Proposal for stand-alone deriving declarations?

Bjorn Bringert bringert at
Sun Oct 8 05:55:46 EDT 2006

On 7 okt 2006, at 16.44, Twan van Laarhoven wrote:

>> The main use for this seems to be when a module defining a data type
>> lacks an instance you want, and for some reason you can't get the
>> original module changed.
> If you continue this line of reasoning:
> 1. The only reason a module can not be changed is that it is in  
> some library as opposed to your own code.
> 2. The only instances that can be derived are for Prelude classes.

In for example GHC, this is not entirely true. GHC can derive  
instances of Typeable and Data, and more could be added in the  
future. Also, compilers could conceivably allow user-defined deriving.

> 3. These classes are already known in library modules, so they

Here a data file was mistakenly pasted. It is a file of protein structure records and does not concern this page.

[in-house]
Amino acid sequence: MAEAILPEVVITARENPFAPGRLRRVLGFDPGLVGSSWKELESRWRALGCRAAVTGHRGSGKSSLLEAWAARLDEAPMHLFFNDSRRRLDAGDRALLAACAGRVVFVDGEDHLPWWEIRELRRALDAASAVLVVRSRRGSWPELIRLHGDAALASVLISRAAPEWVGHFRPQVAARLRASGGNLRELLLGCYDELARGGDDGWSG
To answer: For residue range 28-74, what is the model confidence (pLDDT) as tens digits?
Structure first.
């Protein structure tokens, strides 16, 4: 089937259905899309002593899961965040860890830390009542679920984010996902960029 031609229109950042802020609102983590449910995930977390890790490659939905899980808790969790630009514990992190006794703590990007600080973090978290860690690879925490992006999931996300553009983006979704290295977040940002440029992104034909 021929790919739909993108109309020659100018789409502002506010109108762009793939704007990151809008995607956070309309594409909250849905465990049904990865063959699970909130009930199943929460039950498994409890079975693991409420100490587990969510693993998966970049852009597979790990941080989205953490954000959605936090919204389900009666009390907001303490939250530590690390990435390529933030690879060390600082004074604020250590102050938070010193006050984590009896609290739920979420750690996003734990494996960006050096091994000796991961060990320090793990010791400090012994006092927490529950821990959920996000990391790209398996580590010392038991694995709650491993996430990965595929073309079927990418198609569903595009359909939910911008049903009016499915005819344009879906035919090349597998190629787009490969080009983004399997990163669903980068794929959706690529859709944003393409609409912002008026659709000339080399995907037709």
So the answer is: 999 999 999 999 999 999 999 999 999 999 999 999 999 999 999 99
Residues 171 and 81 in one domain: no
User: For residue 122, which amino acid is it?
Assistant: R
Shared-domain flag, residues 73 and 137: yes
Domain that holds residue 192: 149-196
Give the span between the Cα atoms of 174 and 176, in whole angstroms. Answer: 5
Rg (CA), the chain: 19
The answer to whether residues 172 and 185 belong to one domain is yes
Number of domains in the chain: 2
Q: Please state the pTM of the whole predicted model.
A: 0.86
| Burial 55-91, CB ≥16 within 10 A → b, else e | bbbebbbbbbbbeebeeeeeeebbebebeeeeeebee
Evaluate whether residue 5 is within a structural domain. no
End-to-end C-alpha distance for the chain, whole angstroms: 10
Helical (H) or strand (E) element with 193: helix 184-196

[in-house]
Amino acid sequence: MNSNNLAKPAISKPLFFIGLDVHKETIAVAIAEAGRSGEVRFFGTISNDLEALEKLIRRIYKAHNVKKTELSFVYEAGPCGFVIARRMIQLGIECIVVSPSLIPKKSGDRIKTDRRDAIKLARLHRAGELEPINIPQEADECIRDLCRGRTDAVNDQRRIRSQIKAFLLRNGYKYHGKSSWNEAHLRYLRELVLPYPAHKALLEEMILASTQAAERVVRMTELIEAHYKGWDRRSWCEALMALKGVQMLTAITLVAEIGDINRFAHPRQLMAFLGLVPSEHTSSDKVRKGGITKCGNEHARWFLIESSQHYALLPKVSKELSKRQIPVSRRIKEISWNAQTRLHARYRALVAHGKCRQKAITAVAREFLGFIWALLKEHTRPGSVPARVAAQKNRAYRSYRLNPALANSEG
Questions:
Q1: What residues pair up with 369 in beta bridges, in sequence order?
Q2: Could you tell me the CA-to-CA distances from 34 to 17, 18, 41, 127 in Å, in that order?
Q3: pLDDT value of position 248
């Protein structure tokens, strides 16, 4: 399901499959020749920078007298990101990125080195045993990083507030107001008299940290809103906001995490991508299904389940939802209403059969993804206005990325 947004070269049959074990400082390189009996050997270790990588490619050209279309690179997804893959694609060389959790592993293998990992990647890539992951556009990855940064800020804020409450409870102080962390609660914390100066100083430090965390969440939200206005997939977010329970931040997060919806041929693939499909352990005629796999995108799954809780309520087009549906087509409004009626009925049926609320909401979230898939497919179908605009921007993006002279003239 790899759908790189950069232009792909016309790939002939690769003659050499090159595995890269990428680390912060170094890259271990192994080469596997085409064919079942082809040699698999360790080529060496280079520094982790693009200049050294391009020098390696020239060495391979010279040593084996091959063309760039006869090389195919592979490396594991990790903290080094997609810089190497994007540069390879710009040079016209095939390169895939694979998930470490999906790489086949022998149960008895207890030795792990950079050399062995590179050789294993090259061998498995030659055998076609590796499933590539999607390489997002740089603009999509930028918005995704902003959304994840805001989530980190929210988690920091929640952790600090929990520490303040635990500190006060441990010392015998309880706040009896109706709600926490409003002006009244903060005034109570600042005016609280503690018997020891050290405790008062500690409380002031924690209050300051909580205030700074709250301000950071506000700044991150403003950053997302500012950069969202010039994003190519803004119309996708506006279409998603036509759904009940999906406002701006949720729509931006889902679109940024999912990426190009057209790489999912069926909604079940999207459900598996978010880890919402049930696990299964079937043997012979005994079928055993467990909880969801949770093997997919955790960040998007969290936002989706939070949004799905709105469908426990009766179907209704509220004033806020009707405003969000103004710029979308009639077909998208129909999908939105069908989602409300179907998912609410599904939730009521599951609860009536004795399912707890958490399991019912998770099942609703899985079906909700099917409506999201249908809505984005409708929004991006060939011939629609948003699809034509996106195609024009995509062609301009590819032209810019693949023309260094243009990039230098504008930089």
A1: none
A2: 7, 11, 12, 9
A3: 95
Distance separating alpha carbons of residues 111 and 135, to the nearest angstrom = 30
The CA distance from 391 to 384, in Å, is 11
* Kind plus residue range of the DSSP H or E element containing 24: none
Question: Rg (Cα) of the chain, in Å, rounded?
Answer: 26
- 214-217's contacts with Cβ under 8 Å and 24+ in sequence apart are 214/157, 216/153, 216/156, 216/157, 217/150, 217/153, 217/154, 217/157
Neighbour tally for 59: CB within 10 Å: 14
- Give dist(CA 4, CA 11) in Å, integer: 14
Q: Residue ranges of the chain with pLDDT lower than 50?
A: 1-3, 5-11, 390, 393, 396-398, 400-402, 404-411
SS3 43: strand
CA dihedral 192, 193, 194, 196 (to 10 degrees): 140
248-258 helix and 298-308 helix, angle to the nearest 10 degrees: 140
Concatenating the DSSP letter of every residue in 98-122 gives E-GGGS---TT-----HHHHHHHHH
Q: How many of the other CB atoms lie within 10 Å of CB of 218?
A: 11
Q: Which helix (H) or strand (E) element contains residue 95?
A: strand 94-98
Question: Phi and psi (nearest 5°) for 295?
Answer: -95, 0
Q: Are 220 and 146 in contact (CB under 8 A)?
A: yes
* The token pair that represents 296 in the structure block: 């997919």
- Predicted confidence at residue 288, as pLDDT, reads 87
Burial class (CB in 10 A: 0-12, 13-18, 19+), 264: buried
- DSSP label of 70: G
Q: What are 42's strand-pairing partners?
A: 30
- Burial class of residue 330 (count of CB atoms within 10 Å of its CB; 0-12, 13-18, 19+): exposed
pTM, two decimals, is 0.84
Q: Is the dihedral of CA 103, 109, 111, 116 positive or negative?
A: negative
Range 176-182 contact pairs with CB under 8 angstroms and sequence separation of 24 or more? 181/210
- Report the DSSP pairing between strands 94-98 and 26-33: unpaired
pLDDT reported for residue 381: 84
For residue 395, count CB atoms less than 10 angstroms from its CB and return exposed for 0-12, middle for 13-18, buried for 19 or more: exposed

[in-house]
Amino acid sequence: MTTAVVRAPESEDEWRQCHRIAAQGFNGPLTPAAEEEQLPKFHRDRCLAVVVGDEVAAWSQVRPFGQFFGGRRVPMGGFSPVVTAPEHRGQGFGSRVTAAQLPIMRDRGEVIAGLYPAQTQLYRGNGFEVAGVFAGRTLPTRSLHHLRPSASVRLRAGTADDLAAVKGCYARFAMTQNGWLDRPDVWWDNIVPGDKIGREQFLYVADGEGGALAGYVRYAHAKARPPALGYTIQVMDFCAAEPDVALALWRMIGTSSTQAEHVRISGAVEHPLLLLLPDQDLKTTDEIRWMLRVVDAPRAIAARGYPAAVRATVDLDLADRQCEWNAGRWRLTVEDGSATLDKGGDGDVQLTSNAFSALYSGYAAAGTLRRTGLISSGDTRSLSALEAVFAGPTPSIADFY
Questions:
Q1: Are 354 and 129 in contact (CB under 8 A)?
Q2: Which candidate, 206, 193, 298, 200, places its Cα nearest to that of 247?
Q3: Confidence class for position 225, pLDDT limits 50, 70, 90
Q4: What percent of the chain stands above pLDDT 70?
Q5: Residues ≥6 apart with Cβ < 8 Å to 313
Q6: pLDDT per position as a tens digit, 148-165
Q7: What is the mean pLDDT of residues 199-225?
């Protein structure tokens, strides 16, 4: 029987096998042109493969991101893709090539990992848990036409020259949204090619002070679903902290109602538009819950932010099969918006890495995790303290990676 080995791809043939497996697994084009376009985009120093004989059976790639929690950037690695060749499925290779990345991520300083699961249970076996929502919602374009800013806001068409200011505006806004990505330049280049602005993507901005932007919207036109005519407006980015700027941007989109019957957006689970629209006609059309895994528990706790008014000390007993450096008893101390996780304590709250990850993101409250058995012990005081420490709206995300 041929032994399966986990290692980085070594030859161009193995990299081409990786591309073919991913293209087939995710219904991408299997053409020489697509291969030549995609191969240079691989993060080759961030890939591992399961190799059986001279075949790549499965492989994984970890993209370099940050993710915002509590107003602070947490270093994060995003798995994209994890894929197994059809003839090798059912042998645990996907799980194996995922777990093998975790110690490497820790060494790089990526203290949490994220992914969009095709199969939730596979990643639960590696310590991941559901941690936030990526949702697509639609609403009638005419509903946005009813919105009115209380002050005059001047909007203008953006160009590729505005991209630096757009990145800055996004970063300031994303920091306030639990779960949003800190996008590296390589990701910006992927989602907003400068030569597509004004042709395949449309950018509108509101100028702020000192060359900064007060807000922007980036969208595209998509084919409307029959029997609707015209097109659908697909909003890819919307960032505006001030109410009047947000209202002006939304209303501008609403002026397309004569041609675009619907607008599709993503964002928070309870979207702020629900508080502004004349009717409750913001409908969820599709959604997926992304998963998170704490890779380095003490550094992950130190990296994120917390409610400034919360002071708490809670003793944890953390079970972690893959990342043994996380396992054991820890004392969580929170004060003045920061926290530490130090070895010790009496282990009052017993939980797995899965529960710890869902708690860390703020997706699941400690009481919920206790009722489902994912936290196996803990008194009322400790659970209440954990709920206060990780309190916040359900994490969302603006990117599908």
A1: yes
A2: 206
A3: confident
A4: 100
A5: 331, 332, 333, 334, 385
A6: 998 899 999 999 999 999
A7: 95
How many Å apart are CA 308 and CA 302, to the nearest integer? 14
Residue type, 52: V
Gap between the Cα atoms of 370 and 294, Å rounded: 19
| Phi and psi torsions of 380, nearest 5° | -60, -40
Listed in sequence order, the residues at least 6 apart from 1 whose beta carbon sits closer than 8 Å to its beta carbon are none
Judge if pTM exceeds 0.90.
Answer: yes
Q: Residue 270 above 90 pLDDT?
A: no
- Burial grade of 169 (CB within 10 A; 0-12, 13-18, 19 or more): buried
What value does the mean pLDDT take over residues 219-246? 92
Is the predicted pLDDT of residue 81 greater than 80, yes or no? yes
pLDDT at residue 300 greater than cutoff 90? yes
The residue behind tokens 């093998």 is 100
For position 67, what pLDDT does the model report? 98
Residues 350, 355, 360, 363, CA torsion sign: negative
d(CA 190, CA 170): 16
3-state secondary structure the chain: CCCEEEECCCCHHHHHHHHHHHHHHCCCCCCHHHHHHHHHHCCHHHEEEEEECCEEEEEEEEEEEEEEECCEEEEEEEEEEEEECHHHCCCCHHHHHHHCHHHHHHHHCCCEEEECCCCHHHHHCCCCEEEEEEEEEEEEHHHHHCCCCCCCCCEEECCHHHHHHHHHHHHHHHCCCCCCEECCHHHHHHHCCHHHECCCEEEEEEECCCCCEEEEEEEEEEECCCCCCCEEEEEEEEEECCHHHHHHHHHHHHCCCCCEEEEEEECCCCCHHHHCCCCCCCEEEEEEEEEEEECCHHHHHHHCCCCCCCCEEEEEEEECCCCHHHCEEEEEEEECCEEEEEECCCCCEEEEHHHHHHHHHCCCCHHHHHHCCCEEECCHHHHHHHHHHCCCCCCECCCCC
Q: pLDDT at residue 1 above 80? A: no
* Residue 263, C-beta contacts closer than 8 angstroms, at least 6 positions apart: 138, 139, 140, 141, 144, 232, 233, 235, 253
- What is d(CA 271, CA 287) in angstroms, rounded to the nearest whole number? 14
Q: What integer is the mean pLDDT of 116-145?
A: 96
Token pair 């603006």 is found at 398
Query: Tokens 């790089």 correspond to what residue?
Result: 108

> could have been derived there.
> 4. The fact that they are not unnecessarily reduces the usefulness  
> of the library, and could therefore be considered a bug.

Existing libraries might not know about which classes future compiler  
versions can derive. Also, a library that wants to work with multiple  
compilers cannot have deriving classes for non-standard classes.

> 5. In fact, looking at the standard libraries, they already provide  
> instances for all relevant Prelude classes.

There are plenty of libraries which are not standard libraries.

> This leaves me to wonder what stand-alone deriving is actually good  
> for, only newtypes?

I agree that it's not exactly something you will use every day, but  
when you do need it, it can save a lot of work. Imagine defining  
standard Show and Read, or Data and Typeable, instances manually for  
some rich family of data types.

Besides, as Manuel pointed out, stand-alone deriving generalizes the  
current deriving clauses. Thus it can be seen as a way to remove an  
unnecessary restriction.


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